SCCC is committed to the development and maintenance of a drug-free environment and, in accordance with the Drug-Free Workplace Act of 1988, will not tolerate the unlawful possession and use of drugs on its premises. Members of the community charged with violations of the standards of conduct are subject to disciplinary action through the established disciplinary procedures of the College. When violations are determined to have occurred, the College will impose disciplinary sanctions on students and employees, consistent with local, state, and federal law. Common examples of controlled substances, as defined by law, are cocaine, marijuana, amphetamines, LSD, and other hallucinations. Federal law makes the distribution of drugs to persons under age 21 punishable by twice the normal penalty with a mandatory one year in prison. If death or serious injury results from use of the substance, the prison sentence could be lengthened. Possession of drugs without valid authorization is illegal. While penalties for possession are generally not as great as for manufacture and distribution, the possession of relatively large quantities may be considered as intent to distribute. Under federal and state laws, penalties for possession, manufacture, or distribution are greater for second and subsequent convictions. Persons convicted of drug possession under state and federal laws are ineligible for federal student grants and loans for five years following the first conviction, ten years after the second, and permanently after the third conviction. In general, narcotic, addictive, and drugs with greater potential for abuse carry higher penalties. It is also illegal to be in a place where heroin is kept and to be "in the company" of a person known to possess heroin. Anyone in the presence of heroin at a private party risks a serious drug conviction. In addition, the sale or possession of drug paraphernalia is illegal. Members of the community who have drug-related concerns are encouraged to use the professional services available in the Liberal community.
If you suspect that you might have a substance abuse problem or are concerned about the substance abuse of a friend, you can talk to in confidence to your Dorm Manager, Security, the Dean of Student Services, or contact one of the following local agencies:
ADCS 504 N. Kansas Ave. (620) 626-4500
FAADS 316 W. 7th (620) 626-4508
Definitions of Crimes - Jeanne Clery Disclosure of Campus Security Policy and Campus Crime Statistics Act (The Clery Act)
Murder/Non-negligent Manslaughter - The willful (non-negligent) killing of one human being by another.
Manslaughter (by Negligence) - The killing of another person through gross negligence.
Forcible Sex Offenses - Any sexual act directed against another person, forcibly and/or against that person will; not forcibly or against the person’s will where the victim is incapable of giving consent. (Forcible rape, forcible sodomy, sexual assault with an object, forcible fondling)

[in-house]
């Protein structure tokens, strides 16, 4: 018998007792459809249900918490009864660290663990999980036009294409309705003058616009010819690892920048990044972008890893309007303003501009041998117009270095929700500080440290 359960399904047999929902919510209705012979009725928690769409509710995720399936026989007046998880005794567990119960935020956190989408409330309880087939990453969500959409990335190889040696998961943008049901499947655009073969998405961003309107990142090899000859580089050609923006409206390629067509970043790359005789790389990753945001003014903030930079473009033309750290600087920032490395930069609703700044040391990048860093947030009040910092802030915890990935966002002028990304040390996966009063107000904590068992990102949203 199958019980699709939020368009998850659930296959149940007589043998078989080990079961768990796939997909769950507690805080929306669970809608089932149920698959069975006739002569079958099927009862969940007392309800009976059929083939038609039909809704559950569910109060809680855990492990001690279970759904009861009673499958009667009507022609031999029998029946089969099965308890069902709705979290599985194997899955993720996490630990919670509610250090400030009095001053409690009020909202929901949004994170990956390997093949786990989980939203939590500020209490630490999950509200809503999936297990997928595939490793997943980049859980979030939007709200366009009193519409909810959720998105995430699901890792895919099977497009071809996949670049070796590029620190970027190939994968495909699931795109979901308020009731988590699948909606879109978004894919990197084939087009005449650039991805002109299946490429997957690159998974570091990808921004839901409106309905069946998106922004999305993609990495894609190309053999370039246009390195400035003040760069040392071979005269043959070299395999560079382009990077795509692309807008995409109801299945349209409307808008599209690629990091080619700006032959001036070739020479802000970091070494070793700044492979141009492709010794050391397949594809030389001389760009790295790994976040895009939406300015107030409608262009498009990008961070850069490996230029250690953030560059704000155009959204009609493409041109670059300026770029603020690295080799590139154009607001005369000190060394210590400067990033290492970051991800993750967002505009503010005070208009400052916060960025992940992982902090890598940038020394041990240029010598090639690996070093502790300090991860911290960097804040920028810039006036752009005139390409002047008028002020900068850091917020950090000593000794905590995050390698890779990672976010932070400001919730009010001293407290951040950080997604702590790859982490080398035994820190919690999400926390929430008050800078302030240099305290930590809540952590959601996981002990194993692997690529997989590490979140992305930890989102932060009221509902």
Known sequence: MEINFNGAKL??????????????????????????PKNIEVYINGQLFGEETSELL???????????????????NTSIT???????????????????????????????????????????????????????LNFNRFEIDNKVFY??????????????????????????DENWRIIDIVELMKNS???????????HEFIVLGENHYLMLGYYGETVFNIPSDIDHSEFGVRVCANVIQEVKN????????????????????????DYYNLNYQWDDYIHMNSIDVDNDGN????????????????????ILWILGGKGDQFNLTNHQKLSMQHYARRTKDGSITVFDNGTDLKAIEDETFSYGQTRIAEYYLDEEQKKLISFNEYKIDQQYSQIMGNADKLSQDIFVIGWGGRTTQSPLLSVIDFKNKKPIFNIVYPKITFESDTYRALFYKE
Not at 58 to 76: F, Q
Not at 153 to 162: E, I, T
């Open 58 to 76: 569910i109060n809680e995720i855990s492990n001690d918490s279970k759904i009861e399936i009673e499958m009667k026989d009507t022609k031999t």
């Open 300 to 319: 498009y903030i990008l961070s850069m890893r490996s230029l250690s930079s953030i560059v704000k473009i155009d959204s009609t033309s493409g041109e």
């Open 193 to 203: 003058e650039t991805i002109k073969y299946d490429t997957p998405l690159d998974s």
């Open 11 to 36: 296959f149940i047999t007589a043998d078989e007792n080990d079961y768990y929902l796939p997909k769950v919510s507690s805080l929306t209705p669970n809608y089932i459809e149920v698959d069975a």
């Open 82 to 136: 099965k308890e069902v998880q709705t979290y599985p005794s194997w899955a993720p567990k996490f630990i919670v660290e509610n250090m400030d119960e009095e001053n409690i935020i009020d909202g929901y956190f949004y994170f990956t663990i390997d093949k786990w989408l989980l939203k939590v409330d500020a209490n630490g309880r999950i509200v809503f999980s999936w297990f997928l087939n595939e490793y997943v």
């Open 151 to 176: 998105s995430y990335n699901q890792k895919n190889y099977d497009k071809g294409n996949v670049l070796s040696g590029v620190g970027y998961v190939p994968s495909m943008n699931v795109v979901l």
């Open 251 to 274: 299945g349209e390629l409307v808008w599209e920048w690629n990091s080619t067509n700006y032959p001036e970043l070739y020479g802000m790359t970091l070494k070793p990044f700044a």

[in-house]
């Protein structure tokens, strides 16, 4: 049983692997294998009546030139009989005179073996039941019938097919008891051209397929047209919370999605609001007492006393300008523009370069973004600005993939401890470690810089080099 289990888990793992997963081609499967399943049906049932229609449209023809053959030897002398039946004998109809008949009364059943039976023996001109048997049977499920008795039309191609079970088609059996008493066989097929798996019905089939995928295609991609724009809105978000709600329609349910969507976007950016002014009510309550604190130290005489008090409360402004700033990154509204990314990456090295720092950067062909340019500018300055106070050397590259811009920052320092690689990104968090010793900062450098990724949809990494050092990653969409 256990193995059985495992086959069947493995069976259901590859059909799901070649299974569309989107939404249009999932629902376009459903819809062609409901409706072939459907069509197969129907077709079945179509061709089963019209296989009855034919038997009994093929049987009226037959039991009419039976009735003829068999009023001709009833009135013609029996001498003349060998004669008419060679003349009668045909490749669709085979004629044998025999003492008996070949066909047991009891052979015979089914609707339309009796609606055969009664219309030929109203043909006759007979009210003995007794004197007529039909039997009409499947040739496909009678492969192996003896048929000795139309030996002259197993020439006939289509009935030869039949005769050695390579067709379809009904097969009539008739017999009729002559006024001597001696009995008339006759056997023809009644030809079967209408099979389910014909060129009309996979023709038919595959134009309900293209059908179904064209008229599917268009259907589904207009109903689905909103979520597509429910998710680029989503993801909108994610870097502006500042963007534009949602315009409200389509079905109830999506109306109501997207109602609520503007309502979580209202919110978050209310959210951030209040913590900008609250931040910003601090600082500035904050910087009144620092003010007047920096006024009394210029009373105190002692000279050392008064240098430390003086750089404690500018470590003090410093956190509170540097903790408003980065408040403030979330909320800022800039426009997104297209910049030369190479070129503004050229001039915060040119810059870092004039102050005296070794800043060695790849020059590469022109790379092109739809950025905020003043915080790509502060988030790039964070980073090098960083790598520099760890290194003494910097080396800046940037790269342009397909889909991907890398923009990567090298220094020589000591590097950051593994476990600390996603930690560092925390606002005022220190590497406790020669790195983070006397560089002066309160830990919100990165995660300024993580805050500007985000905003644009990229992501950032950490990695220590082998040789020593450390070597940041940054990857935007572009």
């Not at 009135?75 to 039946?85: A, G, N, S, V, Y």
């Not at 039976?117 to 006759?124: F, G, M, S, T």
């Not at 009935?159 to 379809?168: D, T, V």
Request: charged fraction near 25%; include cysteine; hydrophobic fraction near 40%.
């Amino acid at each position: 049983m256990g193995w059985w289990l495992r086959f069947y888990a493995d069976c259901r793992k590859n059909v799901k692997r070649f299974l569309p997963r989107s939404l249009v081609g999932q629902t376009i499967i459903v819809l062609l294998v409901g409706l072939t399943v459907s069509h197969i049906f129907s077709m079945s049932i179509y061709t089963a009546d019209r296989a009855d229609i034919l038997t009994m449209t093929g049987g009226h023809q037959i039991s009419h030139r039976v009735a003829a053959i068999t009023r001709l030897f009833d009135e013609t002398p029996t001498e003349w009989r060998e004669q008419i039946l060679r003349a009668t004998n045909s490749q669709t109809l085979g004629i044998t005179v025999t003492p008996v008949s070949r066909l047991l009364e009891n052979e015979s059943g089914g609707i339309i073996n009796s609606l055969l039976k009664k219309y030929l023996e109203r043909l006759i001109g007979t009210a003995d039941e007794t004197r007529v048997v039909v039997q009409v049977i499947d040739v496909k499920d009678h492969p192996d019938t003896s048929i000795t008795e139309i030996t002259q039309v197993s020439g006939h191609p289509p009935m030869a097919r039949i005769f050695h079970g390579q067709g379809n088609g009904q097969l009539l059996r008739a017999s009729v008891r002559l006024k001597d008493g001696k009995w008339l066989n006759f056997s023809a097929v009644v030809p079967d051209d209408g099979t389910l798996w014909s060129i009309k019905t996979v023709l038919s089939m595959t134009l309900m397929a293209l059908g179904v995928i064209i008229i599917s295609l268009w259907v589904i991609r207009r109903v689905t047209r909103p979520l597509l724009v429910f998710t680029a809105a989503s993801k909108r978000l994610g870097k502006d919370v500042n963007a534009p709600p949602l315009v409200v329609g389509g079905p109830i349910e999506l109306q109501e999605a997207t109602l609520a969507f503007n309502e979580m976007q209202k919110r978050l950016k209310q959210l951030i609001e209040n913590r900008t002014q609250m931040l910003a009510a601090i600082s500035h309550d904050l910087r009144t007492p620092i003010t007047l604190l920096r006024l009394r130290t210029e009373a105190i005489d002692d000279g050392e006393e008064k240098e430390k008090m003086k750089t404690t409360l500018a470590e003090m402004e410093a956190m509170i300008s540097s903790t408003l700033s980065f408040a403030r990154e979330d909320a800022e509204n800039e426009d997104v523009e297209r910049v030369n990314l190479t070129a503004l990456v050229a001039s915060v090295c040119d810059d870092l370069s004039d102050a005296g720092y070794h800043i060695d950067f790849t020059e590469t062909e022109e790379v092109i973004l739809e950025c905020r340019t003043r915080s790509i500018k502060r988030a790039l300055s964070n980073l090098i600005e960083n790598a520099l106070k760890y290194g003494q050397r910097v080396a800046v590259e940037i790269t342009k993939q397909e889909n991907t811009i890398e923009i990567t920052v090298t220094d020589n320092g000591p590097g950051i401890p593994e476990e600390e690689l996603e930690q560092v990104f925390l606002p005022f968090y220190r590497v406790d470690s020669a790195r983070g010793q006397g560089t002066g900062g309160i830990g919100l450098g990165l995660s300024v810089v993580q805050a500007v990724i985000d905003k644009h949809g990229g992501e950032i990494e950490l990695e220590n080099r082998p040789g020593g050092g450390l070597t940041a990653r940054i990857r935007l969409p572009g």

Non-Forcible Sex Offense - Unlawful, non-forcible sexual intercourse. (Incest, statutory rape)
Robbery - The taking or attempting to take anything of value from the care, custody, or control of a person or persons by force or threat of force or violence and/or by putting the victim in fear.
Aggravated Assault - An unlawful attack by one person upon another for the purpose of inflicting severe or aggravated bodily injury. This type of assault is accompanied by the use of a weapon or by means likely to produce death or great bodily harm. (It is not necessary that injury result from an aggravated assault when a gun, knife, or other weapon is used which could and probably would result in serious personal injury if a crime were successfully completed)
Burglary - The unlawful entry of a structure to commit a felony or a theft. For reporting purposes this definition includes: unlawful entry with the intent to commit a larceny or felony; breaking and entering with the intent to commit a larceny; housebreaking; safecracking; and all attempts to commit any of the aforementioned.
Arson - Any willful or malicious burning or attempt to burn, with or without intent to defraud, a dwelling house, public building, motor vehicle or aircraft, personal property of another, etc.
Motor Vehicle Theft - The theft or attempted theft of a motor vehicle (automobile, truck, bus, motorcycle, motor scooters, snowmobiles, etc.) Includes all cases where motor vehicles are taken by persons not having lawful access, even though the vehicles are later abandoned; this includes joyriding.
Larceny - The unlawful taking, carrying, leading, or riding away of property from the possession or constructive possession of another. (Motor vehicle theft is not included here and is counted separately).
Hate Crimes - Specific crimes that are identifiable as a hate crime, including murder, manslaughter, robbery, aggravated assault, burglary, motor vehicle theft, arson, forcible and non-forcible sex offenses in which the victim is intentionally selected because of actual or perceived race, gender, religion, sexual orientation, ethnicity, or disability of the victim.
Bias- motivated Incident Incidents that are not categorized into one of the listed criminal offenses but may include cases of written or verbal harassment, intimidation, destruction, damage, or vandalism of property or graffiti in which the victim is intentionally selected because of actual or perceived race, gender, religion, sexual orientation, ethnicity, or disability of the victim.